- Block chain and distributed trust systems
The technology behind the disrupting currency Bitcoin has been buzzing around and going by the current trends, this chain based technology is going to be commercialized in 2018. Gartner mentions that if organisations need to excel in the technology and explore it further, they would need a trusted architecture and necessary capabilities and implementation skills. This technology is definitely going to transform industries like financial services.
The amount of data necessitated by the Internet of Things will push data to the edge, it will also force mobile providers to move faster than ever — toward 5G. The level of hyper-connectivity expected by users today leaves little to no room to remain stagnant on the technological advancement, but don’t get too excited. Don’t expect to be using 5G technology anytime soon as the technology is believed to be polished in 2018. This year we are seeing Gigabit LTE (the stepping stone between current LTE and 5G) making leaps with devices from Samsung and Sony leading the way. Today much of the Gigabit LTE movement is being powered by Qualcomm Snapdragon technology, but others will certainly seek to become involved in this rapid growth market for mobile.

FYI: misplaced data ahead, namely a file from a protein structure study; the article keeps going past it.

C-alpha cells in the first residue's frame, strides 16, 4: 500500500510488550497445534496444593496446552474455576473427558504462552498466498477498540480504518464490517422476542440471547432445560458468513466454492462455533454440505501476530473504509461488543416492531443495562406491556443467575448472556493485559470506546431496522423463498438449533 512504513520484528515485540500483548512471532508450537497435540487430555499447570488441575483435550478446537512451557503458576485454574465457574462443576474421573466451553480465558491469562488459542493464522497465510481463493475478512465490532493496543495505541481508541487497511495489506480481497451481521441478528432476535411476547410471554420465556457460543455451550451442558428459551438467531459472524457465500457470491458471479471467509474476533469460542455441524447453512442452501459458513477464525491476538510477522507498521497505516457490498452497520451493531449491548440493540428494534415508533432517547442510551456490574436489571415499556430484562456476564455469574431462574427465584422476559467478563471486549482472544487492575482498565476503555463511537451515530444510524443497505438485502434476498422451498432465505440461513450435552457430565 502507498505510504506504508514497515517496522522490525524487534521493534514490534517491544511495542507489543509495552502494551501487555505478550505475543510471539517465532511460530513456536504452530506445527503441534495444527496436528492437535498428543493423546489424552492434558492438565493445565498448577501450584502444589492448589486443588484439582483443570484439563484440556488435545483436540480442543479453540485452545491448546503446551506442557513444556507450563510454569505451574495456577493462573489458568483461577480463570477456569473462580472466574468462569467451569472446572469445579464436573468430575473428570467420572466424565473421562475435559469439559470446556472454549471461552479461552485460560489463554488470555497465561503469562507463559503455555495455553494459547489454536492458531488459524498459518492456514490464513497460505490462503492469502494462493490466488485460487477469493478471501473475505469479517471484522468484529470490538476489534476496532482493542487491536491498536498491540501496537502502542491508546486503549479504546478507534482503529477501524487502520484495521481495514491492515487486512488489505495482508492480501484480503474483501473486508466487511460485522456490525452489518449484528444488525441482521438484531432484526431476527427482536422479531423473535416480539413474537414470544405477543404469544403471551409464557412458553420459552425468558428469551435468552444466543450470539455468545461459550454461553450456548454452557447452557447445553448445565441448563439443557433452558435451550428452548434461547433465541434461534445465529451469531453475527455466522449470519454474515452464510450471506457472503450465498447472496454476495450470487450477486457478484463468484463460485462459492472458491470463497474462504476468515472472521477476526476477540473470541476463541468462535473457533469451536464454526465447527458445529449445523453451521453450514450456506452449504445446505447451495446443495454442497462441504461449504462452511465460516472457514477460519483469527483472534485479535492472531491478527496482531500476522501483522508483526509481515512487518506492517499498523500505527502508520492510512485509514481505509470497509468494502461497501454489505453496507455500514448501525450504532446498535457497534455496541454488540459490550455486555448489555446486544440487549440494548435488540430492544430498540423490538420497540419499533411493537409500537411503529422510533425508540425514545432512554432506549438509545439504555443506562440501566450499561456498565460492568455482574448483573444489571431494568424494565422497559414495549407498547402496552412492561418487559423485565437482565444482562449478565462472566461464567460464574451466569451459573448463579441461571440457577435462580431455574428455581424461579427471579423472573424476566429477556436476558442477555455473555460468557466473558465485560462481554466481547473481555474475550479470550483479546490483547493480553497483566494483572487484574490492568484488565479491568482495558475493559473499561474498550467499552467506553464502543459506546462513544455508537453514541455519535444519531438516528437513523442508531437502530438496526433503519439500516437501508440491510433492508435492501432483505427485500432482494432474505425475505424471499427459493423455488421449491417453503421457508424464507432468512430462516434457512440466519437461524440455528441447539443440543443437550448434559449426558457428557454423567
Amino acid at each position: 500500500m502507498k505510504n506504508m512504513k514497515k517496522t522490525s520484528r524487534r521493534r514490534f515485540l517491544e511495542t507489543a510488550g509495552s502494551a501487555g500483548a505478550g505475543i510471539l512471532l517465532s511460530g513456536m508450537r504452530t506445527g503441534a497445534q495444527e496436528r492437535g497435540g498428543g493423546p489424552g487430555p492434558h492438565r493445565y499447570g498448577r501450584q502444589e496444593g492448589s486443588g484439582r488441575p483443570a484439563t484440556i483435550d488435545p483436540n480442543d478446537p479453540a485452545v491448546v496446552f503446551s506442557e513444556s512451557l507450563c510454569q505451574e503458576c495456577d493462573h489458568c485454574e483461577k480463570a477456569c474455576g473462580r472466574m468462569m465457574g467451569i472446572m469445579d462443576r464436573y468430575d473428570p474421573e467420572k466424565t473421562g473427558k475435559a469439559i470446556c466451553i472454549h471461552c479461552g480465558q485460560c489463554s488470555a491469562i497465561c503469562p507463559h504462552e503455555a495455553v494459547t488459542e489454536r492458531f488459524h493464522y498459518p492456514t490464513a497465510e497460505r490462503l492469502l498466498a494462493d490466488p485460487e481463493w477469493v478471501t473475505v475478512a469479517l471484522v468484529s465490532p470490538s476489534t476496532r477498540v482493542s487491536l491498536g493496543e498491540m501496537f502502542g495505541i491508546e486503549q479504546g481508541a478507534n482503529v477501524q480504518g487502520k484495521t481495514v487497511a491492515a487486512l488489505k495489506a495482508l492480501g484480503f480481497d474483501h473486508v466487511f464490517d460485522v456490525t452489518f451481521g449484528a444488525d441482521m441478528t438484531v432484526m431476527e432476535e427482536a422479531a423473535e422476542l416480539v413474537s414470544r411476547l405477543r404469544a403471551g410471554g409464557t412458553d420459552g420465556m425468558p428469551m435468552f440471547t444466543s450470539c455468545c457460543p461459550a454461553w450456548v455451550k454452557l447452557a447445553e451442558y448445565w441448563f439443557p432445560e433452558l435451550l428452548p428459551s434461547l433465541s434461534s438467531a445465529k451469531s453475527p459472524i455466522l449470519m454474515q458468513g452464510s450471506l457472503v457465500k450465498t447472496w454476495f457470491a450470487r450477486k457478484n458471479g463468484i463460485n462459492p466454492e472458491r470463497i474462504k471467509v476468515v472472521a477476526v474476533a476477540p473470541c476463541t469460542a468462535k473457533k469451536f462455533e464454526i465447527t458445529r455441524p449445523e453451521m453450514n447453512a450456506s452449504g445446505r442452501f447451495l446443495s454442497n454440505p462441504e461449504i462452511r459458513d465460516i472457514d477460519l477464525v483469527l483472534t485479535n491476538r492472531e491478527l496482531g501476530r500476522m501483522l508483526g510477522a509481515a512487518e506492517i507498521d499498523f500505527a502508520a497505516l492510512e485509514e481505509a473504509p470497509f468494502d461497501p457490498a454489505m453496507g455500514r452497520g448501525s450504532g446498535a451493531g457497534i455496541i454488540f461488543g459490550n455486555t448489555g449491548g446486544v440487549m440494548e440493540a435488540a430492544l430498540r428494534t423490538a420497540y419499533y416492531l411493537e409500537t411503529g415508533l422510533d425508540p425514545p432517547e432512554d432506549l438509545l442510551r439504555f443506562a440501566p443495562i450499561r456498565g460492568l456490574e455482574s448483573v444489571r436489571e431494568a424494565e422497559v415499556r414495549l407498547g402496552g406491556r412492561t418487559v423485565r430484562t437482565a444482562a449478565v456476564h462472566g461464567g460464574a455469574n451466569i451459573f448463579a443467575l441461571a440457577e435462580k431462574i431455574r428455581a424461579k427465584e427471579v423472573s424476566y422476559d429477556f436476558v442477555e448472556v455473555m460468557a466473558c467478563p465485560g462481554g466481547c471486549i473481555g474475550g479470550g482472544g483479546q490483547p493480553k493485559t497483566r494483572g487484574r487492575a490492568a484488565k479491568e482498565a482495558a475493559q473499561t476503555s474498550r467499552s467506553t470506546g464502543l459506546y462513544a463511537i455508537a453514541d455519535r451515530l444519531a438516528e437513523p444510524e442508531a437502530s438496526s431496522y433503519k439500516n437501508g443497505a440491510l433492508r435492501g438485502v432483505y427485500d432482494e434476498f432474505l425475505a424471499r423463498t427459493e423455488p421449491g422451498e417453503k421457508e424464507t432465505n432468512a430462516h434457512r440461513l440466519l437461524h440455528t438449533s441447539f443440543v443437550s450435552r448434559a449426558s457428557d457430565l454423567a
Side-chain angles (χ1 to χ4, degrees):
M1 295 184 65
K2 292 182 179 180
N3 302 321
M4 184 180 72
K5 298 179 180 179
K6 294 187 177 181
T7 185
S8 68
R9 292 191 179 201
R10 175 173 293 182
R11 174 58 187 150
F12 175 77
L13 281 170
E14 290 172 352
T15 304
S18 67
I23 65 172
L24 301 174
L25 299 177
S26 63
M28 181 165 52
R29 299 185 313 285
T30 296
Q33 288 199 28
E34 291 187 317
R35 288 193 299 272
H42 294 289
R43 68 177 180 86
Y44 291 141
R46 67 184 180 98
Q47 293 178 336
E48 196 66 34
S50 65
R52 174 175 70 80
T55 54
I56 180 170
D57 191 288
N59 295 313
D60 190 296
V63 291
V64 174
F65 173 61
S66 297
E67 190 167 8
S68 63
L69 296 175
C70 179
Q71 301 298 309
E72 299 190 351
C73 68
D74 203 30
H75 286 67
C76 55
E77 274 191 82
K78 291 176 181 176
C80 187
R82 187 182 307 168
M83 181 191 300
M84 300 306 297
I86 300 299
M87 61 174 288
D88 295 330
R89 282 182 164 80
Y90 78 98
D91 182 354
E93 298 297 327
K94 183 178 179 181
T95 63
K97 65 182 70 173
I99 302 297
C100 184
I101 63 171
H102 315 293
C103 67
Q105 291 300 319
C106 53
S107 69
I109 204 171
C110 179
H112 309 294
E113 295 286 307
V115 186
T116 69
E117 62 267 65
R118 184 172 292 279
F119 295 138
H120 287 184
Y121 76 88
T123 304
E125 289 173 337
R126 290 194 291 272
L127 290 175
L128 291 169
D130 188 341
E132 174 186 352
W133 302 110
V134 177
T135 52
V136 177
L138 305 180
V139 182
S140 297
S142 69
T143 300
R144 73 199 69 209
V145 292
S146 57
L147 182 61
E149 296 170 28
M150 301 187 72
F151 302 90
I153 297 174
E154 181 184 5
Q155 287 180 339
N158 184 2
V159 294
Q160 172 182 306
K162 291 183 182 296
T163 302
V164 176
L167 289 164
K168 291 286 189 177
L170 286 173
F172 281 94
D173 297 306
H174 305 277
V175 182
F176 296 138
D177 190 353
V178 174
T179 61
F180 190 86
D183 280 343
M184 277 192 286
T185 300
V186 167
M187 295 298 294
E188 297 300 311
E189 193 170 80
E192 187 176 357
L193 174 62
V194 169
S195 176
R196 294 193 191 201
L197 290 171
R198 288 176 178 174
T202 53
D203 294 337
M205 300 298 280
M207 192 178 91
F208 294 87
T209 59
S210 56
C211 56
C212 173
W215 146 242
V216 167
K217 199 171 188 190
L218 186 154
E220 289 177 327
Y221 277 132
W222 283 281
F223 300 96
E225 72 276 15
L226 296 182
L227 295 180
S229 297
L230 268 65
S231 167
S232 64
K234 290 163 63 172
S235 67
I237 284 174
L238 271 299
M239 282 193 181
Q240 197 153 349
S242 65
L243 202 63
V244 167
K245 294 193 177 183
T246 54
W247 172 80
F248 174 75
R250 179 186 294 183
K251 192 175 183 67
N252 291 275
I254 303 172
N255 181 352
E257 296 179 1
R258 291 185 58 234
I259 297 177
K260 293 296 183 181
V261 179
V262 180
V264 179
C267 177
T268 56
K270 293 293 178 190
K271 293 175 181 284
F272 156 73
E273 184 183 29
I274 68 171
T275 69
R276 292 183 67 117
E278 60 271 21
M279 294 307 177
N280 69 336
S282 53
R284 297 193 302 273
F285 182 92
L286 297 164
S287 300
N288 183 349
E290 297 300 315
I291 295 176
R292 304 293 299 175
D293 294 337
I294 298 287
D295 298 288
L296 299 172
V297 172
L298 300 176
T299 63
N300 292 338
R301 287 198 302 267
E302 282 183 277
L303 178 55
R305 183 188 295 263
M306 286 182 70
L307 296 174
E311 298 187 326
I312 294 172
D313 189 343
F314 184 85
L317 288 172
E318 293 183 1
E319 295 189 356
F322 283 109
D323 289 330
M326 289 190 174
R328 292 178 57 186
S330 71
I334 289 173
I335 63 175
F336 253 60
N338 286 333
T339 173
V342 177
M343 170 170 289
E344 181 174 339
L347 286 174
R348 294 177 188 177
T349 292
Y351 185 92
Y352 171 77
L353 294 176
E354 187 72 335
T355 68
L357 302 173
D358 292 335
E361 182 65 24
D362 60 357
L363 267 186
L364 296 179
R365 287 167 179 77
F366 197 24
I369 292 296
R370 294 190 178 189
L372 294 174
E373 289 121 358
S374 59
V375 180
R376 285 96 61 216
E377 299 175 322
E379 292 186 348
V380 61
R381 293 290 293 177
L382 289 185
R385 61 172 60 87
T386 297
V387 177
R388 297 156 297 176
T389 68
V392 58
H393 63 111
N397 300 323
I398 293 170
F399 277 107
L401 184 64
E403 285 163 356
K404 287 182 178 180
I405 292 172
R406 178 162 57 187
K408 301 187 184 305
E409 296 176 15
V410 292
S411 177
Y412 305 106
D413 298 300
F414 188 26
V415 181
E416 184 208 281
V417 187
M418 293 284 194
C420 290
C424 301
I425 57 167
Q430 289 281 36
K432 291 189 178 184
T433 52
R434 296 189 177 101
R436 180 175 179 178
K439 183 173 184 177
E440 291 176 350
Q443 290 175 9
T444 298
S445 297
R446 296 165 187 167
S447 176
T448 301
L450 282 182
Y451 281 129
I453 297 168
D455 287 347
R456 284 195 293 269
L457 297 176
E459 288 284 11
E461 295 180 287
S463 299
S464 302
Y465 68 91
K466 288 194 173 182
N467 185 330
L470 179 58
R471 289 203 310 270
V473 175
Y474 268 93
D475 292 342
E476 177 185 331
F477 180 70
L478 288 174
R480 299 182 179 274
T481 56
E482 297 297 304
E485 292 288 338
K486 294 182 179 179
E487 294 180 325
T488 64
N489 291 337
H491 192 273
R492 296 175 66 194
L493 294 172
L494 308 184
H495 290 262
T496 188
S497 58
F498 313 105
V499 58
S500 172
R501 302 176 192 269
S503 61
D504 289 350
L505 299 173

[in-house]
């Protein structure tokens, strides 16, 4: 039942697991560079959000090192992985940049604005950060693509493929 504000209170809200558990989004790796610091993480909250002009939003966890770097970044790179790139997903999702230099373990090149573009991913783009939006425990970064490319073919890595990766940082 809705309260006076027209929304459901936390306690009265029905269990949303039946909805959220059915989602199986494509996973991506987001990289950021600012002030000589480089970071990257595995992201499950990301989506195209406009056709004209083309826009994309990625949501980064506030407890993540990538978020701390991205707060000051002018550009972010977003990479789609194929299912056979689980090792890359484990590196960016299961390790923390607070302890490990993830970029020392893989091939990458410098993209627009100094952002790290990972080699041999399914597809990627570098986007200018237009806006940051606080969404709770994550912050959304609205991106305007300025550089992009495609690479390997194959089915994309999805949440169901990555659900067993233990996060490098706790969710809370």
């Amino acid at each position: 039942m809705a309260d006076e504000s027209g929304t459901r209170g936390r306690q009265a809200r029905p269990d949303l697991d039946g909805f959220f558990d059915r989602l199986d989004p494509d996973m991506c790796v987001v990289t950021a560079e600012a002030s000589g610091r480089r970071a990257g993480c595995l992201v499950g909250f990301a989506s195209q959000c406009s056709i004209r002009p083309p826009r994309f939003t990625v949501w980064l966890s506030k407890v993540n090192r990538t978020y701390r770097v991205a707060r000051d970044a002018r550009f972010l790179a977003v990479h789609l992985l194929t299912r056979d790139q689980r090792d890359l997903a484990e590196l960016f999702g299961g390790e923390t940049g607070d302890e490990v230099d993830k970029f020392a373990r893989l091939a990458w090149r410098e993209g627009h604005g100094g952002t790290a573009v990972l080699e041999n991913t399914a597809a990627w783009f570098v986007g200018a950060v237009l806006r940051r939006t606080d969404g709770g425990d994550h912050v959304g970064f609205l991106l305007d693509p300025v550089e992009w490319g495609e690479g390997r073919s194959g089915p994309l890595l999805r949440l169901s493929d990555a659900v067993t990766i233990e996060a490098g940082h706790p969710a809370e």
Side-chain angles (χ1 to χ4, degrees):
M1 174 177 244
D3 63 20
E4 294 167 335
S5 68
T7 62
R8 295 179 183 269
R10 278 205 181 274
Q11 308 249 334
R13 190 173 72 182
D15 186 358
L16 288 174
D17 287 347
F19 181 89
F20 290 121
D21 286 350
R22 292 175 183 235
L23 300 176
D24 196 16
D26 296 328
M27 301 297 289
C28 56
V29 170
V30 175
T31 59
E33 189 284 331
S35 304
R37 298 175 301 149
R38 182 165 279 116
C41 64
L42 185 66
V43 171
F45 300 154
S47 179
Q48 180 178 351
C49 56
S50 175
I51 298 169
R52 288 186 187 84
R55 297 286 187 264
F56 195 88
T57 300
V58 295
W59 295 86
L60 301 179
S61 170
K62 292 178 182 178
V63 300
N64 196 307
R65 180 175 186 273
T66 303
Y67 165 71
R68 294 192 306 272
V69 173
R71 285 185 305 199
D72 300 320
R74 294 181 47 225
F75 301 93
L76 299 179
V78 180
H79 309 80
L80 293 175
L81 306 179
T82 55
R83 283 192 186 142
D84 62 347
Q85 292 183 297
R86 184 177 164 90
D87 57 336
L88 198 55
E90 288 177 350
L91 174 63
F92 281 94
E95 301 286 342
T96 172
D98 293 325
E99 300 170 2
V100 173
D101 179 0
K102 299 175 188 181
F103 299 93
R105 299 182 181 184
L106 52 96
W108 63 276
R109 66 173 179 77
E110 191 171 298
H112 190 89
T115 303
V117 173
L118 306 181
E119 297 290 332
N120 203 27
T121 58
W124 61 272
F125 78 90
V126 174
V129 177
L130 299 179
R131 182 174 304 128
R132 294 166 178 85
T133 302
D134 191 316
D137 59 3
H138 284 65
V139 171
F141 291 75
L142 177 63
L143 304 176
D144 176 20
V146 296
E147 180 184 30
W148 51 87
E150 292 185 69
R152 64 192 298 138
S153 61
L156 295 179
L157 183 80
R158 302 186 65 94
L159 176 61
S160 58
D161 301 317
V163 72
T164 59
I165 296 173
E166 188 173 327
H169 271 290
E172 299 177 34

- Artificial Intelligence to go mainstream
“Yeah, yeah, I know — artificial intelligence”. That’s likely a response you’ll get when talking about AI in 2018. With everyone from toddlers to grown-ups using Alexa, Siri, and customer service chat bots, it’s no wonder AI may soon begin to feel like old news—at least to mainstream users. From business point of view, be it customer service, data analysis and marketing, AI is leading in a lot of fields. Companies will keep on utilizing AI to amaze, link, and interface with their clients in ways they may not even recognize. Convenient automation of everything from emails and content generation to industrial manufacturing is on the way. Every software companies has introduced AI in their systems. This is a sign of what is to come.